But I also think there's maybe something about young people aren't always comfortable with speaking on the phone. We hear from a lot of young people online who don't want to speak on the phone. They don't like their voice being heard. They're scared in a sense of that contact. So I think there may be something in that too that these adults are introducing their young people to a way of getting support on the phone.

Ali:
Sure. And sometimes it's easier to write something down than actually say it. So it's great that we've got those, like we say, those avenues that children and young people can choose that is the easiest and most comfortable way for them to say, I need to talk to someone about something. I guess talking about that, about supporting children and young people, can we talk about how this kind of peer to peer support and how children and young people have been possibly supporting each other? Maybe you've seen this more over the online stuff Kirsty, but have we seen a surge in children and young people supporting each other on the message boards about this whole situation about COVID and lockdown and everything that comes with it?

Kirsty:
Yeah, most definitely. So our peer support on the message boards has been in existence for many, many years now. And it's always been such a supportive community and that has just increased more and more. Young people have been posting about all the traditional issues that we would normally post about but also about lockdown and coronavirus. And we've seen young people just creating threads and talking about, “we’re feeling lonely and we figured that other people would feel the same”, correctly so.

They've just been posting a thread to say this is just a place to support each other. Just let's talk. How are you? What are your tips for coping with boredom, stress, schoolwork, all those types of things. They can reply for a longer time as well because one of the changes we've made is we've extended our moderation hours. So traditionally it would finish at 9:00 p.m. and we've extended those to half eleven, meaning that people can submit their content for longer periods, giving each other much more peer support.

Again in the evenings, when they're maybe just in their room, nobody's interrupted them, so they've got time to come on, post, read a reply, reply back to that person. So what I've definitely seen is, as well as this incredible support young people have always given each other, it's just more so and it's more heartfelt. People genuinely acknowledging each other: “Oh, my goodness, thank you for saying that”, “so lovely to hear from you again”, “I love talking to people on here”, “thank you so much for your reply, it really helped”.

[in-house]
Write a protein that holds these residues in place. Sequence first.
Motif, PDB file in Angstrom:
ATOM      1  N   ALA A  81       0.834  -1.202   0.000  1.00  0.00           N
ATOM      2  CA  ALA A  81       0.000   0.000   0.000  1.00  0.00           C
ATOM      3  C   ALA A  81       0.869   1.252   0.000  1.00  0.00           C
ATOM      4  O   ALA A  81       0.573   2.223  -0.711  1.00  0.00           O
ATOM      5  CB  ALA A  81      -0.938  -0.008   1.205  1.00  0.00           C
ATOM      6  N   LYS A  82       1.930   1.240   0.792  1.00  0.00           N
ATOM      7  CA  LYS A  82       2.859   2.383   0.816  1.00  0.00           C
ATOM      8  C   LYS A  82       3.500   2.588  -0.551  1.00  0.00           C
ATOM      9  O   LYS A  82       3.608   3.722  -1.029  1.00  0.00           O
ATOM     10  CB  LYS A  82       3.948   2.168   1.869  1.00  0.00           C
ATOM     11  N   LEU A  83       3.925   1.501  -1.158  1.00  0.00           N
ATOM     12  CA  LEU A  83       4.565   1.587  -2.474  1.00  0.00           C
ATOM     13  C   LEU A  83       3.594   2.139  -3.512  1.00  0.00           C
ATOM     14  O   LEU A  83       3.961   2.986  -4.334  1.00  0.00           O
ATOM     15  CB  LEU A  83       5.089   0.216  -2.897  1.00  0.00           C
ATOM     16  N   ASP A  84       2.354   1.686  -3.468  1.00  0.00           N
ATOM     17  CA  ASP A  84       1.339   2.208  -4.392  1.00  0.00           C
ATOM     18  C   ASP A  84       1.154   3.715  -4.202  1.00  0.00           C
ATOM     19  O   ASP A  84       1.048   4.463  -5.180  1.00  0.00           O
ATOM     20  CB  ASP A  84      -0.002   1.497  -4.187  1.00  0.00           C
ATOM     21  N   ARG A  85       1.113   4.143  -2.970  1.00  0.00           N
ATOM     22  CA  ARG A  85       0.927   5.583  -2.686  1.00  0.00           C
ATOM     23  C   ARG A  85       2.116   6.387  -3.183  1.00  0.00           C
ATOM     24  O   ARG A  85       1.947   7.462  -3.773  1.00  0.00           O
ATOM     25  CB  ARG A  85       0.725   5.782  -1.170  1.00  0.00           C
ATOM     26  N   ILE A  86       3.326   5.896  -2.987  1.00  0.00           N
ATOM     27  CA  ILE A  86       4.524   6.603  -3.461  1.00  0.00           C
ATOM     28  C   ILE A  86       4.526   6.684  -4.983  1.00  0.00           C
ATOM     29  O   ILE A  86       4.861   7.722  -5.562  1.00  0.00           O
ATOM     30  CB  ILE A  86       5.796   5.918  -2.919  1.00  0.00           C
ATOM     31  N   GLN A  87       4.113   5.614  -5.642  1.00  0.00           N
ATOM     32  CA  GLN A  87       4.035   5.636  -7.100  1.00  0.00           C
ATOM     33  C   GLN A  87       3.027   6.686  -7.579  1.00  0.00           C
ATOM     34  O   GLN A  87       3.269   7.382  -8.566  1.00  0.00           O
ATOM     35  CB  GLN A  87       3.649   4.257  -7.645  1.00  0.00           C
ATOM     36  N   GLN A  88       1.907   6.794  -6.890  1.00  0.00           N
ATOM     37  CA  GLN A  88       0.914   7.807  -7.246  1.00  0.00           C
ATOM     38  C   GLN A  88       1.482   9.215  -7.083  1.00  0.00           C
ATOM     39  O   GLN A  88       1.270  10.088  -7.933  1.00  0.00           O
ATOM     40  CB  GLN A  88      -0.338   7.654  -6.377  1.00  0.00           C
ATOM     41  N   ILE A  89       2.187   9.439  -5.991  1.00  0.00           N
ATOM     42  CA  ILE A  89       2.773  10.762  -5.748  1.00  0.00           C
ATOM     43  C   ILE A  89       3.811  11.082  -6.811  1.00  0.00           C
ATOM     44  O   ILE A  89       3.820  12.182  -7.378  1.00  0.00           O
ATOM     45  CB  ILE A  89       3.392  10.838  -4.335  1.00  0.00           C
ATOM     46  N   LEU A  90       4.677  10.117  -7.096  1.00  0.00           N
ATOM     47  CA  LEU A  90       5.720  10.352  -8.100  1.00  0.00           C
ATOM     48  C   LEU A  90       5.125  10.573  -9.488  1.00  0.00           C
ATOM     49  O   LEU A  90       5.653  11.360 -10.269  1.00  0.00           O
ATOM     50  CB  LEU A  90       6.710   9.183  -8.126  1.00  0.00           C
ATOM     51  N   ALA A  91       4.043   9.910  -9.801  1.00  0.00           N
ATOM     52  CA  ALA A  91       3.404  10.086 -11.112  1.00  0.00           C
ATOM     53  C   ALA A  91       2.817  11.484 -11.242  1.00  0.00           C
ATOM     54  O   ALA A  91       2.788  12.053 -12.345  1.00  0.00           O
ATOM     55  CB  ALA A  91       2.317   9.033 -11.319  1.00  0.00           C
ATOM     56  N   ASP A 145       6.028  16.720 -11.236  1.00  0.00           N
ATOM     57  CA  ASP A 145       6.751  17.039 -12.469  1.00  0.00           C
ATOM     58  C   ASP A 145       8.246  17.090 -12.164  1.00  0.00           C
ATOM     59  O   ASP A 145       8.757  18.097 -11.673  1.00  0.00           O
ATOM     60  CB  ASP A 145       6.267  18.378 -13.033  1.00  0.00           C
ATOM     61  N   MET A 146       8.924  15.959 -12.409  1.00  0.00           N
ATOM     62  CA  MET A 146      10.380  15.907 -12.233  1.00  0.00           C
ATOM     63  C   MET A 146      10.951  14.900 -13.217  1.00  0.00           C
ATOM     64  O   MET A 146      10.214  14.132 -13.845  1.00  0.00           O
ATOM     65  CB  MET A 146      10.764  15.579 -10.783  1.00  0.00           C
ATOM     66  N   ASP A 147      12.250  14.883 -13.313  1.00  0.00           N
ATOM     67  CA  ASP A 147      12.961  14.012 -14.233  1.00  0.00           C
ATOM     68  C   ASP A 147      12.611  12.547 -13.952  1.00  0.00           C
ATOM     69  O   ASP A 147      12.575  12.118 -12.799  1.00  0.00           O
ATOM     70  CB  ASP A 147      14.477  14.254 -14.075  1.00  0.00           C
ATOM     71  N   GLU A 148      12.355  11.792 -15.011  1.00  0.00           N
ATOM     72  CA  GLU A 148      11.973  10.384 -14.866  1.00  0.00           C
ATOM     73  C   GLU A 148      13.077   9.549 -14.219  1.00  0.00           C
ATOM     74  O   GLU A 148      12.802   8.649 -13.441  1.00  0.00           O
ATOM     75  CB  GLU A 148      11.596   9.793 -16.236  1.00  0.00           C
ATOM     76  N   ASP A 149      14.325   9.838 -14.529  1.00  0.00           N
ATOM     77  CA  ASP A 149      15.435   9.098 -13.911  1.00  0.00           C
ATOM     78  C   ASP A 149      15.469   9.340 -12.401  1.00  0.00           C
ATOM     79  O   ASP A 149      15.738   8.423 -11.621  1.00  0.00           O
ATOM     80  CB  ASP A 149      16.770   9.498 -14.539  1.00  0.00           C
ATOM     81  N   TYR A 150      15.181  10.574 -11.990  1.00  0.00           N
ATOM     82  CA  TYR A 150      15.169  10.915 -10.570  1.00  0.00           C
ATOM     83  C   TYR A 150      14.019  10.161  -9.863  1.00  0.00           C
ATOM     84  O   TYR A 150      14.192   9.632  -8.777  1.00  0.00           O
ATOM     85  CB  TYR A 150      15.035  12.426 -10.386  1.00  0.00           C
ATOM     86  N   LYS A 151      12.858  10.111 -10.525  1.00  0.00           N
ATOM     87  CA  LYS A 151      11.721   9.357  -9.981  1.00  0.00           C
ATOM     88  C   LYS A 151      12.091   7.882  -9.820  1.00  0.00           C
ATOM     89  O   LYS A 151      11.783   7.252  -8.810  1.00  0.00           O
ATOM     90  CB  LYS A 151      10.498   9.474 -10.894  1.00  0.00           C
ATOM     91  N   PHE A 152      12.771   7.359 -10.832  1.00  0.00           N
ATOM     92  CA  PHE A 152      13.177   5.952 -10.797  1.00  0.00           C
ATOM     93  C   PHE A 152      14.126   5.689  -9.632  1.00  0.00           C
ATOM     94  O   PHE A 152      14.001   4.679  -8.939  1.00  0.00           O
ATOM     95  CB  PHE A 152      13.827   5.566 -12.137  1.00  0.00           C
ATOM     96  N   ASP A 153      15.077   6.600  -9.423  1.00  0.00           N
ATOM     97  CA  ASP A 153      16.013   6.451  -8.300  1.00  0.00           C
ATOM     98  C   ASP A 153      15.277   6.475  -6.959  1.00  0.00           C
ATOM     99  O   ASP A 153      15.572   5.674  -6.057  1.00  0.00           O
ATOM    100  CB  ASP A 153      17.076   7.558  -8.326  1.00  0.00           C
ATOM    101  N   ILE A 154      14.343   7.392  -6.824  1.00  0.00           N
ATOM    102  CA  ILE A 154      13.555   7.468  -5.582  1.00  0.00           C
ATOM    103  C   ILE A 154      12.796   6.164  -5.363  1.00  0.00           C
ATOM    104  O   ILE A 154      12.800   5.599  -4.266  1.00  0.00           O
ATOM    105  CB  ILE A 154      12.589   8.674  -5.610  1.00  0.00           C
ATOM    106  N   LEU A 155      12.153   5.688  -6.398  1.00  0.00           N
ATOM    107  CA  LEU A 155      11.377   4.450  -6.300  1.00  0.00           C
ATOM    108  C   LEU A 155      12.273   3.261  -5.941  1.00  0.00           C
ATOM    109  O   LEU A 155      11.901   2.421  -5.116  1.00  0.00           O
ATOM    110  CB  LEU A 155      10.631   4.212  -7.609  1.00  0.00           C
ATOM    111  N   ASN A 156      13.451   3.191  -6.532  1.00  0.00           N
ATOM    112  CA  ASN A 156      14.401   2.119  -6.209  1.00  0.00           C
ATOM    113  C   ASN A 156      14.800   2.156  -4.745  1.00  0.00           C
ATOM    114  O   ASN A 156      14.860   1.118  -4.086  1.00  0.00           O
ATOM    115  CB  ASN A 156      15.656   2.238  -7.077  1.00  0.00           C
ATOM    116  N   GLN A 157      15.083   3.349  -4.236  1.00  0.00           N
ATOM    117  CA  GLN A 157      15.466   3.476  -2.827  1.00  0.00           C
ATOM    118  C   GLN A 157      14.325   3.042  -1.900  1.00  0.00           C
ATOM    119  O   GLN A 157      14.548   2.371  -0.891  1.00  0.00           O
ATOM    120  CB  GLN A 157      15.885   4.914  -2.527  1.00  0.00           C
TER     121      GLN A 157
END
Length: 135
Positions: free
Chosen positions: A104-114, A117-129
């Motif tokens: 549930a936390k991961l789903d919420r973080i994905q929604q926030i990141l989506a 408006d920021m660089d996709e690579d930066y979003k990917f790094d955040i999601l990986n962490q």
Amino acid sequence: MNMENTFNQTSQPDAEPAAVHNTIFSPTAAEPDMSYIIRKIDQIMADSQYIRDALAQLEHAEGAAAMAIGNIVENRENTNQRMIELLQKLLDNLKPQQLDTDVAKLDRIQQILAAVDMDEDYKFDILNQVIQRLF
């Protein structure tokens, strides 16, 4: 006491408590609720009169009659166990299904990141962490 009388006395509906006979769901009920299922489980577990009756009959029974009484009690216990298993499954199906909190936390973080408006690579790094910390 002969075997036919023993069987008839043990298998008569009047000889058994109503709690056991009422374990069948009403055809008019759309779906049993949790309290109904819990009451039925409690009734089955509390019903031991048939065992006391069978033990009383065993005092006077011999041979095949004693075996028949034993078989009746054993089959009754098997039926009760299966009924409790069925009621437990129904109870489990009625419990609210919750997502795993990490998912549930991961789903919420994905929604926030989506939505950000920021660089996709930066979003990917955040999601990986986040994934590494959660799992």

We've also seen that translate into our other content. Young people have maybe posted in their journals to see I got a reply in the message boards and it made me feel so good to help someone else. It's not always looking about help for themselves, it's that genuine warm feeling that they get from helping another young person. And just having those conversations. It's all moderated, so nothing goes live without being checked. It's almost like an instant conversation with that delay. Whereas traditionally because the traditional times, everybody's walking to school and you know home life and everything, you had those peak times that you would expect in the morning when school finished. Whereas young people can talk to each other throughout the day and they are and they continue to do so when those numbers are talked about. But it's that, “thank you, I would love to be your friend. Let's all share our experiences, let's talk about this. What's this been like for you? I haven't heard from you for a couple of days, how are you doing?”, that type of thing and that's seen each and every day.

Ali:
And in the absence of the more traditional peer to peer route, so chatting to friends at school or any clubs that you might go to. It's great for children and young people to have that. So that's really good to hear. The peer to peer support that you've been seeing online, has some of that helped inform what you're saying back to young people? Because they're telling you what they're doing, what they're feeling, giving each other advice. Has that in any way helped you guys?

Kirsty:
Absolutely. It's informing everything that we do as an organisation as well. It's feeding into the wider NSPCC approaches, feeding into what Childline can say. And it's also feeding into that content that we create on the website that Robert was referring to. Young people's experiences, what they're telling us, things that we maybe didn't know about school because we are working with the official advice but at a local level, it can be different.

We have a part of the website called the Calm Zone that's about dealing with stress and anxiety and different things to try - exercises, breathing exercises - that type of thing, writing, creating things. What young people have been talking to us about on the message boards has very much influenced that content as well, in terms of the things that they can do that work for them, simple things that they can do where they live that doesn't require any purchases or going somewhere or being physically somewhere. They can just sit wherever they are in the place that they live and do it and that's very much from young people themselves. They often have the best ideas because it's what works for them and sharing that with other young people and that allows us to share that with a wider group of young people and other adults as well because people in other organisations use that content as well to help with the young people they work with. So it's much wider benefits as well and that all comes from young people themselves.

Robert: